Swallet stream erosion control - Brash Bundles?!?

alastairgott

Active member
A friend of mine wants to start a local project, I hope great things will come of it. one of the main problems we can see is that the swallet has the potential to fill with mud (/sediment?) from the banks of the stream leading upto the swallet. having done some research, I've found a thing called Brash Bundles, which might be worth a try. (and as far as I can see a neater, cheaper and more eco friendly alternative for the job at hand than Gabion Baskets)

Has anyone used them before who could add some wisdom to me just "having a go"?


and

page 14 (section 7.2)


As an aside, does anyone know where I could get live willow stakes in the Derbyshire/Manchester/Sheffield area?
 

pwhole

Active member
Lathkill Dale? ;)

Bu there's the rub - I would imagine planting non-local or unadapted species like willow might get complex/controversial, depending on status - is it SSSI? I don't know if they'll get on with peat or heather, doing some guesswork.
 

alastairgott

Active member
Lathkill Dale? ;)

Bu there's the rub - I would imagine planting non-local or unadapted species like willow might get complex/controversial, depending on status - is it SSSI? I don't know if they'll get on with peat or heather, doing some guesswork.

it's in an area which is the most Northerly set of swallets in the North Derbyshire area. Willow seems to be the most accepted method of erosion control, i guess its a bit better than a dead lump of wood which is guaranteed to rot or some metal which will become rusty.

so in terms of environmental impact I think the posts of willow would get the thumbs up all day.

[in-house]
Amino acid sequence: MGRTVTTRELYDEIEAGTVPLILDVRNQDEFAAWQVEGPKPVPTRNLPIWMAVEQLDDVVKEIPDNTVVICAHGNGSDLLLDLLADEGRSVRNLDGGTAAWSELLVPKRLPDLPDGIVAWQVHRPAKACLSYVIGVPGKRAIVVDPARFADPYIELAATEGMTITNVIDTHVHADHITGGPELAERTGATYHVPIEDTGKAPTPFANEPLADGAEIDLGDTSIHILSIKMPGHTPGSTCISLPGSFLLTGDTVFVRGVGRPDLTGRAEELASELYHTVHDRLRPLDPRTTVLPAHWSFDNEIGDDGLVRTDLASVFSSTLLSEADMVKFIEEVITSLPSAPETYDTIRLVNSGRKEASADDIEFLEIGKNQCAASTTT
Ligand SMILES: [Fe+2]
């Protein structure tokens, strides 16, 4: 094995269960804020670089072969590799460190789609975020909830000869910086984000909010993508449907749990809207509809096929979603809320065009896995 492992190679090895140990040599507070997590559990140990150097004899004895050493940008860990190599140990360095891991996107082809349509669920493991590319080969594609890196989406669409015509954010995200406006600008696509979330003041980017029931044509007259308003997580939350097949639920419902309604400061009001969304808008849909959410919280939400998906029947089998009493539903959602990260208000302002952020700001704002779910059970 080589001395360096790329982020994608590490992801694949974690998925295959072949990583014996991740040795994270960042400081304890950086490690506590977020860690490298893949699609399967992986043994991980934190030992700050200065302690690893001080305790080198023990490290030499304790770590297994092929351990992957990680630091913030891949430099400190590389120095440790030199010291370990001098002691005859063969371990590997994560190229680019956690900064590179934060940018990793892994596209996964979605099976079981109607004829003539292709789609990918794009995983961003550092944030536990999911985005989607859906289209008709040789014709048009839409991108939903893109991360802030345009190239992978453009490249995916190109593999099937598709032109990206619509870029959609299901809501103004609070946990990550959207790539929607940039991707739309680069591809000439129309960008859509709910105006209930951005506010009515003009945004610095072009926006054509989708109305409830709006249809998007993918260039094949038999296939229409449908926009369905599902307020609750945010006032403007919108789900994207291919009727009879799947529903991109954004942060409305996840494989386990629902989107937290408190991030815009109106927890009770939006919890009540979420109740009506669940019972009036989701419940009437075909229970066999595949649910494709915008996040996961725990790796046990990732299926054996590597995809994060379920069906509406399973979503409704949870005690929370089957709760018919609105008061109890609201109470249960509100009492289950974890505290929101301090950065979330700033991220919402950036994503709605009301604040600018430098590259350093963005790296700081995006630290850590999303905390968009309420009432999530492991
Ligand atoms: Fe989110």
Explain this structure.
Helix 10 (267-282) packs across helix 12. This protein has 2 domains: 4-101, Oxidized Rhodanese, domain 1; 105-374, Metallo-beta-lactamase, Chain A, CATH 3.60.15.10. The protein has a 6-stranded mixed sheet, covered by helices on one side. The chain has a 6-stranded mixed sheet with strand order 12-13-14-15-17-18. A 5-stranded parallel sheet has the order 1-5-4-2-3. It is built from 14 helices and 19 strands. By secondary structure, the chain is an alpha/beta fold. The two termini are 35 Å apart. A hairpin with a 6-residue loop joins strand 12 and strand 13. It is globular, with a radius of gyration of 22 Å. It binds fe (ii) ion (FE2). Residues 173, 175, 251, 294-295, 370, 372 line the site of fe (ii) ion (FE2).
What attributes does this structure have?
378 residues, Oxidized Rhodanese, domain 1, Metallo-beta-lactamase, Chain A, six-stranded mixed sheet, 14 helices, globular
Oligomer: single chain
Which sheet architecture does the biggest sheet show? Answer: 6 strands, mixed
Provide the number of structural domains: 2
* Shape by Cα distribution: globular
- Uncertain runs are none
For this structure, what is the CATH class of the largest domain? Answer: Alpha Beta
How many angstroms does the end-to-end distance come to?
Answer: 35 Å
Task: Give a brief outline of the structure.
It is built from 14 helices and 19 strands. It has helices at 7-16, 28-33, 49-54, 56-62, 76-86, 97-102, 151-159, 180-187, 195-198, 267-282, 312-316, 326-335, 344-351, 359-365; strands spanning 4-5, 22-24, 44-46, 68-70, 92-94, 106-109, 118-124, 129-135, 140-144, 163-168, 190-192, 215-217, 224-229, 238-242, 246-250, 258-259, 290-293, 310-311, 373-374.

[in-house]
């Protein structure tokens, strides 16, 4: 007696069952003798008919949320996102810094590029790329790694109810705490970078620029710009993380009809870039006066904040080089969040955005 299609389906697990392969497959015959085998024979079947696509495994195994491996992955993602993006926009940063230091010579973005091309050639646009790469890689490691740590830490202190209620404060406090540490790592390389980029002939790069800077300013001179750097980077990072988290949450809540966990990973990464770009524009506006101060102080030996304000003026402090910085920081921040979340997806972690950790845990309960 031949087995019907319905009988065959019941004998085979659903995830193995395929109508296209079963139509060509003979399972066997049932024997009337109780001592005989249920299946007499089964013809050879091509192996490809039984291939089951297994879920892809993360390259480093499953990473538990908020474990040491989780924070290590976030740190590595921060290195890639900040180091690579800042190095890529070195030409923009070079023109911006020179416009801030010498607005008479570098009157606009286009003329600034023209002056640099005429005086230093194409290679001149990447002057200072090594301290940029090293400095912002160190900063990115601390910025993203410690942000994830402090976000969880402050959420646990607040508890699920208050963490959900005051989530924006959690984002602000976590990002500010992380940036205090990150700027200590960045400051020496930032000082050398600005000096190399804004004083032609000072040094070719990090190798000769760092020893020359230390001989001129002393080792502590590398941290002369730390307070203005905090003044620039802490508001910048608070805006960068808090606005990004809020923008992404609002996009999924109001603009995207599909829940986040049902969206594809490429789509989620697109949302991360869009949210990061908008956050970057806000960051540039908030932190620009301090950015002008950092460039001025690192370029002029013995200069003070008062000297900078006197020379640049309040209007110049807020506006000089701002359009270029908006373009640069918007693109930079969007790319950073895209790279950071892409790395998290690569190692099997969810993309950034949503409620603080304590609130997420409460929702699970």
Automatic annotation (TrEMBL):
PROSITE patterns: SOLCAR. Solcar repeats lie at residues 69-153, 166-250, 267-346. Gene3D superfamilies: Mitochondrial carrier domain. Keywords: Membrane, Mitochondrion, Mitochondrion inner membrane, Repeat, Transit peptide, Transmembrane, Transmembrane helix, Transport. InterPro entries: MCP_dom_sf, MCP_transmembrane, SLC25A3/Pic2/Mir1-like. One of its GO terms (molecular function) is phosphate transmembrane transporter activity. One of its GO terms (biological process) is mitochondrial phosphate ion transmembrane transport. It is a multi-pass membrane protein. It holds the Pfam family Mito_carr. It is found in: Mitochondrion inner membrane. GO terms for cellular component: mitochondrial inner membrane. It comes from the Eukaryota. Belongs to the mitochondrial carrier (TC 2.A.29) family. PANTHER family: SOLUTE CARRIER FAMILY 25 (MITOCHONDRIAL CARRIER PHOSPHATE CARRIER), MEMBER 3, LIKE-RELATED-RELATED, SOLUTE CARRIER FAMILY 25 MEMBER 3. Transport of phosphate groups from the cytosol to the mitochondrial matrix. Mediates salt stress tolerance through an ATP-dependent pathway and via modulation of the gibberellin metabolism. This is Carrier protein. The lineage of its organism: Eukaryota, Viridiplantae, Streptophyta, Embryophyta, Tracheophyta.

I think we're only talking 6-10 meters worth of erosion control anyway, i'll do a bit more research though. as there must be tons of councils who have had to think about similar concerns, and thankfully bureaucracy means they have to publish lots of free info.
 

underground

Member
I seem to recall a similar technique being used as flood mitigation above possibly Hebden Bridge, with brash forming a sort of dam to slow the runoff from the hills above.
The tiny bit of willow planting I did years ago was a winter job as you need the willow to be dormant and take root while there are no leaves that’ll ultimately suck all the water out of a cut whip.
It may be worth considering (if you want something immediate) some dead hedges, where the rods and brash are not going to grow year on year, something like birch would be an option I think. You can always go on to replace the rods with living willow later and if necessary strip out the old brash or weave some living material into them.
I’d consider having a chat with Derbyshire wildlife trust locally maybe… there may be some sense self seeded birch patches in need of thinning…

Here’s where I bought my cuttings from:

 

Hunter

Member
Another thing to consider is ongoing maintenance if you go for willow.
i know it’s stating the bleedin’ obvious, but being trees, they have a tendency to get quite big if left to their own devices which people tend to overlook.
If it’s a narrow water course they will soon overshadow it if not kept trimmed or coppiced which environmentally may be good or bad depending on local circumstances.
Another issue could arise over time with bigger trees getting wind blown and taking the bank with them if they fall.
I have used willow spiling in the past, effectively weaving a hurdle against the bank which takes root surprisingly quickly but then becomes a willow thicket if not managed.
It does provide a raw material though if you have a side interest in basket making.
 

alastairgott

Active member
Nah I don’t think it’s stating the obvious. leylandii are considered cute quick growing plants, and are actually huge towering beasts.

anything that grows Is a pest if you just expected it to sit and be the same for eternity.
 
Top